Software as a process

I have always had a (largely concealed) aversion to the term "software architecture". Indeed I even used to think: the less architecture you had, the better. "Software architecture" seemed to me as an euphemism for "premature constraints" that limited the directions into which your software might evolve; the new clothes on the widely disregarded "waterfall" model. Furthermore, before the rather pompous sounding ideas of "software architecture" were invented (and then standardized by ISO commitees), we had already had notions of good "software design" covering about the same themes.

I was also suspicious about comparing software to other disciplines such as civil engineering where physical structures are erected. Another analogy, city planning, commonly invoked by those colleagues who prefer to call themselves "enterprise architects" was somewhat less alien, but still not quite appealing for some reason.

I used to attribute that apprehension to my perceived malleability of software, the relative ease of changing it, adding to it, reconfiguring it. I still think that is a valid reason to object to analogies that also let us think about software lifecycle as "build (or buy)", "use", "replace" phases and that inescapably guide our thoughts toward the established notion of licensed "software products". But I feel there is also a nimbler mental notion which neatly explains my discomfort with those mainstream ideas: software as a process.

Processes - as in "business processes" or "industrial processes" - are a way of modelling the world in terms of events, changes and dependencies. Good things happen. Bad things happen. Resources are consumed and produced. Information starts and stops flowing between entities. Entities come into existence. Entitites disappear. Databases grow. Users request services. Customers are won and lost. Cash flows. The world is in motion. Careful, continuous process control at all levels is what we need to avoid costly mistakes.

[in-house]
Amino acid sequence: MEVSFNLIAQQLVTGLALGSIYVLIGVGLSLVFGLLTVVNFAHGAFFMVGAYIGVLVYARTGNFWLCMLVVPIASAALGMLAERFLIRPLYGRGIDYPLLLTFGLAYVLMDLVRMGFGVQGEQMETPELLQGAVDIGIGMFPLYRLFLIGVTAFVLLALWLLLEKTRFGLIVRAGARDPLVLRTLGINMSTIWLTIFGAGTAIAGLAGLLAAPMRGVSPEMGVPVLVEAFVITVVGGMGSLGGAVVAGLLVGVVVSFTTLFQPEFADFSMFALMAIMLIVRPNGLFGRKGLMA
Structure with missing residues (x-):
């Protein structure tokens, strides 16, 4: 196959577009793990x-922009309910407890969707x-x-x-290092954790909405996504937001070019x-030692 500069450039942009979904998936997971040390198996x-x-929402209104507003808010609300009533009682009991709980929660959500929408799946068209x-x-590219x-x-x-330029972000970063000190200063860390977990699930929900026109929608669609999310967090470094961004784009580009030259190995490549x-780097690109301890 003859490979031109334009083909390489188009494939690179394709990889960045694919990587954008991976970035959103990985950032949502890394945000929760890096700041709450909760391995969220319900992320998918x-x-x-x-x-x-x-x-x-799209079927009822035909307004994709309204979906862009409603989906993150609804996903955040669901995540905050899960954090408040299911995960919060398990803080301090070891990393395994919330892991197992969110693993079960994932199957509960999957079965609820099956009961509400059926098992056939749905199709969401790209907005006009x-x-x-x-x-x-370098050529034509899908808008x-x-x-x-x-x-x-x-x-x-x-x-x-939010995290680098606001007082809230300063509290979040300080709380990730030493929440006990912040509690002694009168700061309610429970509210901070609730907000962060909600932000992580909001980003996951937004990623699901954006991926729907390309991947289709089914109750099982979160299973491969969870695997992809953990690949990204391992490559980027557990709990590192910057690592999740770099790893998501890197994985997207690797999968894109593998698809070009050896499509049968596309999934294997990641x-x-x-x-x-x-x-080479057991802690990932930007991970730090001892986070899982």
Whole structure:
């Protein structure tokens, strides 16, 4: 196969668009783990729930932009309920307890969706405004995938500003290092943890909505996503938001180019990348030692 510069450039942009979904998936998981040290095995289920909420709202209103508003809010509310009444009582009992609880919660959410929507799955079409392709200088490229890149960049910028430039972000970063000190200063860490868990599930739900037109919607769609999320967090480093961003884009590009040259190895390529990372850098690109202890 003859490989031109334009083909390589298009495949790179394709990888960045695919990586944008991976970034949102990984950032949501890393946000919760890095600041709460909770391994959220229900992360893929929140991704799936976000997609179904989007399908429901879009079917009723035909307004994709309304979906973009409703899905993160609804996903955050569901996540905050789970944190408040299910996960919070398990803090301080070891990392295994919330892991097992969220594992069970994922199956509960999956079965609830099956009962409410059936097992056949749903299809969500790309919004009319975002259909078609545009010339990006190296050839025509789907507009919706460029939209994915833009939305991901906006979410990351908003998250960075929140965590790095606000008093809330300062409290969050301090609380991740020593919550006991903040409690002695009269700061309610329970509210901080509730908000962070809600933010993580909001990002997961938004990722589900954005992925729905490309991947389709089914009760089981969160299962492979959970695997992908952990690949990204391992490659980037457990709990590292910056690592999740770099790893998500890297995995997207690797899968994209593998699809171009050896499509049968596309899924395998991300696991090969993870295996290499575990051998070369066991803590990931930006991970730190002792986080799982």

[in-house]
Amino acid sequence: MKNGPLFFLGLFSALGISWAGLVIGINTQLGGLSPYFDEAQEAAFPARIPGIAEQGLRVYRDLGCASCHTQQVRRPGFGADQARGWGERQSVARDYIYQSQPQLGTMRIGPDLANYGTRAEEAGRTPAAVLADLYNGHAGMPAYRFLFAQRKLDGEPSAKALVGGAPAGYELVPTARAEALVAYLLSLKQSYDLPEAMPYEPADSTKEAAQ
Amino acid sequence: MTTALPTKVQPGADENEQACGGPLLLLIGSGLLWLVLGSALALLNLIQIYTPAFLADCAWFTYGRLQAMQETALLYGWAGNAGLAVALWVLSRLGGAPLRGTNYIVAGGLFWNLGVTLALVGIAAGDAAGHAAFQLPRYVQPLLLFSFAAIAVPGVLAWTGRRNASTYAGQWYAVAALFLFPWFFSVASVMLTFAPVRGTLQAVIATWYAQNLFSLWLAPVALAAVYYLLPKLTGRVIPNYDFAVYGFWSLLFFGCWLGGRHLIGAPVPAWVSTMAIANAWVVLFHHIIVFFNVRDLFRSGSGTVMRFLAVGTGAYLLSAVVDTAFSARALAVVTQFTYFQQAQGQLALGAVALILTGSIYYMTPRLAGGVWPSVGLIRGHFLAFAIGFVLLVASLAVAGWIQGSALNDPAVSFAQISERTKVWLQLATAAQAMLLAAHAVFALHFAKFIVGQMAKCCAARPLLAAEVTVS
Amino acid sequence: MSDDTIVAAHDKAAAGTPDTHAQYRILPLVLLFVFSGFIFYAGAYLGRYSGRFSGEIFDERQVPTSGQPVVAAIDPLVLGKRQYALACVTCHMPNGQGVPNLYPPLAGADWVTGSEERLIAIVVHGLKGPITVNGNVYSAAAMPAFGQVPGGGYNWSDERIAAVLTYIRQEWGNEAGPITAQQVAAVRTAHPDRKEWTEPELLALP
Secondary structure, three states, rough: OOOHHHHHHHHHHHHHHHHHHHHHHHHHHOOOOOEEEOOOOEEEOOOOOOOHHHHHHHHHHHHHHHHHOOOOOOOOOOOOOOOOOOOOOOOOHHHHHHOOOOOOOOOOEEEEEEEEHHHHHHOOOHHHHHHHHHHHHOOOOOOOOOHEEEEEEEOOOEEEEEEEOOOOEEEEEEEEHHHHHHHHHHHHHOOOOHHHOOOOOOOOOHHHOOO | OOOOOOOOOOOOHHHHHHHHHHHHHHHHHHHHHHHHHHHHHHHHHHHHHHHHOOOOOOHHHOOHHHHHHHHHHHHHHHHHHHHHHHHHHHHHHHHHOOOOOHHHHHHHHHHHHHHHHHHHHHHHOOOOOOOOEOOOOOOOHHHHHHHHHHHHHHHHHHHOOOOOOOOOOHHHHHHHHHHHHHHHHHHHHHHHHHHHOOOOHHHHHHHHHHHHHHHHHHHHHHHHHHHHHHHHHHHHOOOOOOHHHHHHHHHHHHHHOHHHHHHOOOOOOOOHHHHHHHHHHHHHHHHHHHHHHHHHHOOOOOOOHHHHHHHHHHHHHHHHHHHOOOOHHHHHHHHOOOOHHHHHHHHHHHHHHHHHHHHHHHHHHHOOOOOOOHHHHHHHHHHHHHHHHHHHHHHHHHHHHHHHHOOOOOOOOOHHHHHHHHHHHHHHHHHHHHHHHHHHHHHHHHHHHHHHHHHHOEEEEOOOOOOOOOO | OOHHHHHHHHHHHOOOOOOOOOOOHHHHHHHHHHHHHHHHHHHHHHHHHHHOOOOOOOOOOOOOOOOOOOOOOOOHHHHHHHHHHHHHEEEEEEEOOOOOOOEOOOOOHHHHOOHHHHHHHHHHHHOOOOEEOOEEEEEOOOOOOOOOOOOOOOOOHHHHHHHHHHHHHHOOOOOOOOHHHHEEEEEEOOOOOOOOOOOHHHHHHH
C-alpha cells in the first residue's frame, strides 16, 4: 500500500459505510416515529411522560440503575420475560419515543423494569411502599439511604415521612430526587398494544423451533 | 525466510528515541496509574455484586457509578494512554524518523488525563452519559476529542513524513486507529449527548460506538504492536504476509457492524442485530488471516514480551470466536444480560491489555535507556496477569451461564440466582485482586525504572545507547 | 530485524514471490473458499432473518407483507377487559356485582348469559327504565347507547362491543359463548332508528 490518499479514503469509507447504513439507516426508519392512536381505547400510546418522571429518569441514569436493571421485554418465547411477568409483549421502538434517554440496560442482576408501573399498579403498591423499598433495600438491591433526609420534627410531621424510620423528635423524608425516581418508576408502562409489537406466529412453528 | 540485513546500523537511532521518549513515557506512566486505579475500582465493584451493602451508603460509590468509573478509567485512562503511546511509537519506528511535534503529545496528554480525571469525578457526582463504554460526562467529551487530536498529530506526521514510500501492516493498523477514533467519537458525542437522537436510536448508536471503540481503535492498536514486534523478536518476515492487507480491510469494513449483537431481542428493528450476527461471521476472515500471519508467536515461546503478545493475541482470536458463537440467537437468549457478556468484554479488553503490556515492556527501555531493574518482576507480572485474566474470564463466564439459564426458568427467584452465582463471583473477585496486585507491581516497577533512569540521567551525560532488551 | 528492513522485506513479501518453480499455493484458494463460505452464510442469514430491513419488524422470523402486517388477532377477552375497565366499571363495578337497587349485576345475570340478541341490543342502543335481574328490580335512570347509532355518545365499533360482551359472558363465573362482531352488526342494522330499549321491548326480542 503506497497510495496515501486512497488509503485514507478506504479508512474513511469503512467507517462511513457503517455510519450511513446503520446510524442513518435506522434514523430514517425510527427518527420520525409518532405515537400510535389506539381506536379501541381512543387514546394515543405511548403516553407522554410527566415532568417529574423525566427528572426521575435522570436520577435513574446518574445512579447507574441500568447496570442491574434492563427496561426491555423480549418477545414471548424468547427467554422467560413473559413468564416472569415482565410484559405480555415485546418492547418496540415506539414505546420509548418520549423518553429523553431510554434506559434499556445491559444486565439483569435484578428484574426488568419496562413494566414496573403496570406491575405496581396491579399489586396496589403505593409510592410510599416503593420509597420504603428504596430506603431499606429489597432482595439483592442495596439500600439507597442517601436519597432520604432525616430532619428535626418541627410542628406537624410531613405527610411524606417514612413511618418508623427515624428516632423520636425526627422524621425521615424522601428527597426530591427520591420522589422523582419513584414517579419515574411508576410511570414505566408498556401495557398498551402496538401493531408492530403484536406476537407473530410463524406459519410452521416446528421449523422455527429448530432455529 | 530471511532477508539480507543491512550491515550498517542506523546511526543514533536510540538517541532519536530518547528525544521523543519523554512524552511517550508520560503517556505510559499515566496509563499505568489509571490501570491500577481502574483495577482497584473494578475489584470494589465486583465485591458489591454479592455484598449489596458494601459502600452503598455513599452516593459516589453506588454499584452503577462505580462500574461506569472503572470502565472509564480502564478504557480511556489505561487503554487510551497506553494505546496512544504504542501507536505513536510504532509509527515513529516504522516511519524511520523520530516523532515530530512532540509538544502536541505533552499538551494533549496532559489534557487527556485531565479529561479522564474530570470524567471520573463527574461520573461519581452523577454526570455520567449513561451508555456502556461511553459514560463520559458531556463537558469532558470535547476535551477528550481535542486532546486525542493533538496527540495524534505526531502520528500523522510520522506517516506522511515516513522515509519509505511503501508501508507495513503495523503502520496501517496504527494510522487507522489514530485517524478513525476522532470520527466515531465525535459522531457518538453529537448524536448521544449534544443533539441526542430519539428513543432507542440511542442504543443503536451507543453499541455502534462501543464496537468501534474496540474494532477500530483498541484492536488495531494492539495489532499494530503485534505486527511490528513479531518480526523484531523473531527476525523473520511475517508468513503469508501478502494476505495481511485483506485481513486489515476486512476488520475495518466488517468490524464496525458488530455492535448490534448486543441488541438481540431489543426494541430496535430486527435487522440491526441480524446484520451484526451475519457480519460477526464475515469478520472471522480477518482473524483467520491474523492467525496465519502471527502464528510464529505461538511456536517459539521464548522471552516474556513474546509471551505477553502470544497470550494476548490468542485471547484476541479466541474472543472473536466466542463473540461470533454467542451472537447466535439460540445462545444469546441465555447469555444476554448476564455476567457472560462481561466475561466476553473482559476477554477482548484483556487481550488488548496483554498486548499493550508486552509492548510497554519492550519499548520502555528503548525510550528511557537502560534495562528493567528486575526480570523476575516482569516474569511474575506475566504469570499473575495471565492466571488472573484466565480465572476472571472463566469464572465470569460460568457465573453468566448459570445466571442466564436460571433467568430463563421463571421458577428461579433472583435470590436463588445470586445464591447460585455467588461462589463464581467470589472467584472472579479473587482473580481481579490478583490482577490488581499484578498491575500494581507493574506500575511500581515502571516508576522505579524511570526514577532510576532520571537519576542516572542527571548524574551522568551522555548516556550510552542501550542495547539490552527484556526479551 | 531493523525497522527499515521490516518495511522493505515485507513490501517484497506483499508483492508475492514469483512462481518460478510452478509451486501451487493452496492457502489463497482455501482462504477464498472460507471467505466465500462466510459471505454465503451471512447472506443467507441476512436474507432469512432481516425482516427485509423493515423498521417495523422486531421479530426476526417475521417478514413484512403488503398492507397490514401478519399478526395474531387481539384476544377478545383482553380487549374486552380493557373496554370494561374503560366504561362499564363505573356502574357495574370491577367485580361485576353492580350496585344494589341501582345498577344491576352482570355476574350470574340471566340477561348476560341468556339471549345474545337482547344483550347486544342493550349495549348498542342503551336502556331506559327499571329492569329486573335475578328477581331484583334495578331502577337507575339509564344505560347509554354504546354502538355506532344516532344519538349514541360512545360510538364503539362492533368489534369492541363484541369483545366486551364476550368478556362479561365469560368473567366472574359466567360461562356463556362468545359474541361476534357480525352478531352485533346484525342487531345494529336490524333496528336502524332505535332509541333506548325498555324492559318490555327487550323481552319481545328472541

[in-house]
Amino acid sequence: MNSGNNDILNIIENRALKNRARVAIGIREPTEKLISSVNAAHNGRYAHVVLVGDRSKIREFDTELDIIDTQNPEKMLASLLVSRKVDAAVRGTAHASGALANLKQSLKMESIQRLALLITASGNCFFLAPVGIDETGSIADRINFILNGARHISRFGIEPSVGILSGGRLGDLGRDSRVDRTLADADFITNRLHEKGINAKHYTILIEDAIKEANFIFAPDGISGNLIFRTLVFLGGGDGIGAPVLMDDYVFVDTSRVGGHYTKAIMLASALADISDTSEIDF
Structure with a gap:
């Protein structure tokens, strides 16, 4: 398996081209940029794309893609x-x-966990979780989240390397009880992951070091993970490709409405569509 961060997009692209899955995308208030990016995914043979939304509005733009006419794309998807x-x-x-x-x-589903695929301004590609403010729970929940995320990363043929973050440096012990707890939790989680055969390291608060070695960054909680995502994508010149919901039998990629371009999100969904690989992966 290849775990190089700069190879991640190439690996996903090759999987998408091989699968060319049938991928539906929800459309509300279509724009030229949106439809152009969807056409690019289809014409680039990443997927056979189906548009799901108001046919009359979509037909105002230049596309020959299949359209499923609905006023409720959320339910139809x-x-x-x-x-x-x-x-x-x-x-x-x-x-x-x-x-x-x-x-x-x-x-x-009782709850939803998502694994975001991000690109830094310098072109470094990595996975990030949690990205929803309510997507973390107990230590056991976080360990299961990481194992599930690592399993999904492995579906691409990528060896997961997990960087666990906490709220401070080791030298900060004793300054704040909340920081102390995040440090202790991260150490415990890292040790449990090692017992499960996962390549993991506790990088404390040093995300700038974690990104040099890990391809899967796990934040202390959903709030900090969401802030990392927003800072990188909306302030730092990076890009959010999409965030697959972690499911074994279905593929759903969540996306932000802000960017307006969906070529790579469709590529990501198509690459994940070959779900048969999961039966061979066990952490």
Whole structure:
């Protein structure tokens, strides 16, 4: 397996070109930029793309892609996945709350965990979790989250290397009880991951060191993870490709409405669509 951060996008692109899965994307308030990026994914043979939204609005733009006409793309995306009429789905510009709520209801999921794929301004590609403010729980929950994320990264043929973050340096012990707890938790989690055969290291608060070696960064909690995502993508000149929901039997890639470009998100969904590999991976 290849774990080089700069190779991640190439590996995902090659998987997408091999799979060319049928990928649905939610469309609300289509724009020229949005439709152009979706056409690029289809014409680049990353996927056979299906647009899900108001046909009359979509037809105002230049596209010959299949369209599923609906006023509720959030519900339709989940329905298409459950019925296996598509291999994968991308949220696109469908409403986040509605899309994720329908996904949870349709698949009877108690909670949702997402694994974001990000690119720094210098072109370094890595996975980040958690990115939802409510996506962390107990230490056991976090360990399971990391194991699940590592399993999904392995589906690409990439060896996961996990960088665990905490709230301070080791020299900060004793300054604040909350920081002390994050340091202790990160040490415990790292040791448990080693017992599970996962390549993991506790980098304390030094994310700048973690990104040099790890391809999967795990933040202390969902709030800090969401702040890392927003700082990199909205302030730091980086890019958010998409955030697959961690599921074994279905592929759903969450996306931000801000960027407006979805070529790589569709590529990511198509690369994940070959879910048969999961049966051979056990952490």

Our role as software developers is often not to invent some sort of "best practice architecture" and then naively stick to it, not even to bring a specified product to market. Instead, it is to react to environmental changes and guide our software through a path of constant change. It is to ensure that we maintain control of that what we once built - and keep extending, adapting and improving - and to design our software in such a way that the broader processes in which it participates are supported rather than hindered. It is to anticipate scenarios with risks and opportunities and to make them less or more probable to fulfill business objectives. Such scenarios always concern both the currnet use and the future evolution of the systems we create.

By the way, the distinction between "programming in the large" and "programming in the small" is FUD. When viewed through the lenses of process control, both areas indeed appear much the same, unified even. The structure of our engineering problems is more akin to a fractal or a piece of music: the same (few) recurring themes and prinicipal rules of composition appear both in the large and in the small. However, few people flip-flop between work at different scales, which leads to an unfortunate multiplication of different names for similar concepts.

Today I am relieved to see that for several years I haven't been the dumb one who was stubbornly rejecting the grand concepts of software architecture and marketing myself as some awkward combination of "developer" and "systems administrator" (a jack of all trades...) at my own peril. The ideas outlined above now seem to be gaining increasing popularity among highly respected practitioners charged with maintaining big software systems in big (Internet) companies. Lo and behold, there even seems to be a catchy buzzword: "devops", a mix of the traditional roles "developement" and "operations".

By the way, I am not opposed to the job role of "software architect", if you interpret it as someone who is hired by a client to keep watch against imagination of inexperienced software developers (although "software process manager", "master devop" or simply "chief programmer/designer" might still be more accurate descriptions of the job).

Last, but not least: YMMV. The world of software development is diverse that it is likely that no single mental model will fit all imaginable contexts; or that the signle grand unified model may prove too abstract to be immediately useful. It makes quite a practical difference if you are designing shrink-wrapped software products for consumers or planning or maintaining installations of enterprise or Internet SaaS applications. Pick your specific models wisely, so as to benefit your own work.

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